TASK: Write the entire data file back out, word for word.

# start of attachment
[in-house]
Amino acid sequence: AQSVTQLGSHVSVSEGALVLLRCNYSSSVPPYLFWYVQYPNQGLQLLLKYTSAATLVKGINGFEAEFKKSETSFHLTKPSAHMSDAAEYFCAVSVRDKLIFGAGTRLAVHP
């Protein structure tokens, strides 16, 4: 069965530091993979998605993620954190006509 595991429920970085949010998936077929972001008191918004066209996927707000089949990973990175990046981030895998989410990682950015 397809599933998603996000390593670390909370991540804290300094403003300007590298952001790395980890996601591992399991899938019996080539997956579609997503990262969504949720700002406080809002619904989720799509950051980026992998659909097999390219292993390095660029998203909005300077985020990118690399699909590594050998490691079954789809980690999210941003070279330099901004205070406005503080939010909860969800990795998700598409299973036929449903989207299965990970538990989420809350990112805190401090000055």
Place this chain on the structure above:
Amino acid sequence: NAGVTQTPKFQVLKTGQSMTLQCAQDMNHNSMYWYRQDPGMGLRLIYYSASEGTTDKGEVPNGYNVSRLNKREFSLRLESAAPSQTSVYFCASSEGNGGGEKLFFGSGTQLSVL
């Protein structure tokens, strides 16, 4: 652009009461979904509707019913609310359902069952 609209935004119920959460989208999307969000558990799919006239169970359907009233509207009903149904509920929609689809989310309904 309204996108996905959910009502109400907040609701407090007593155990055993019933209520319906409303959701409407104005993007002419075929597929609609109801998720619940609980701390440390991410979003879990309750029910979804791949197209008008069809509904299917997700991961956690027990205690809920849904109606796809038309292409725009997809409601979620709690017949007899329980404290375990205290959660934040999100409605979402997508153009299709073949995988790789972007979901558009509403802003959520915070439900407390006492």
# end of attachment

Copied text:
[in-house]
Amino acid sequence: AQSVTQLGSHVSVSEGALVLLRCNYSSSVPPYLFWYVQYPNQGLQLLLKYTSAATLVKGINGFEAEFKKSETSFHLTKPSAHMSDAAEYFCAVSVRDKLIFGAGTRLAVHP
């Protein structure tokens, strides 16, 4: 069965530091993979998605993620954190006509 595991429920970085949010998936077929972001008191918004066209996927707000089949990973990175990046981030895998989410990682950015 397809599933998603996000390593670390909370991540804290300094403003300007590298952001790395980890996601591992399991899938019996080539997956579609997503990262969504949720700002406080809002619904989720799509950051980026992998659909097999390219292993390095660029998203909005300077985020990118690399699909590594050998490691079954789809980690999210941003070279330099901004205070406005503080939010909860969800990795998700598409299973036929449903989207299965990970538990989420809350990112805190401090000055």
Place this chain on the structure above:
Amino acid sequence: NAGVTQTPKFQVLKTGQSMTLQCAQDMNHNSMYWYRQDPGMGLRLIYYSASEGTTDKGEVPNGYNVSRLNKREFSLRLESAAPSQTSVYFCASSEGNGGGEKLFFGSGTQLSVL
């Protein structure tokens, strides 16, 4: 652009009461979904509707019913609310359902069952 609209935004119920959460989208999307969000558990799919006239169970359907009233509207009903149904509920929609689809989310309904 309204996108996905959910009502109400907040609701407090007593155990055993019933209520319906409303959701409407104005993007002419075929597929609609109801998720619940609980701390440390991410979003879990309750029910979804791949197209008008069809509904299917997700991961956690027990205690809920849904109606796809038309292409725009997809409601979620709690017949007899329980404290375990205290959660934040999100409605979402997508153009299709073949995988790789972007979901558009509403802003959520915070439900407390006492």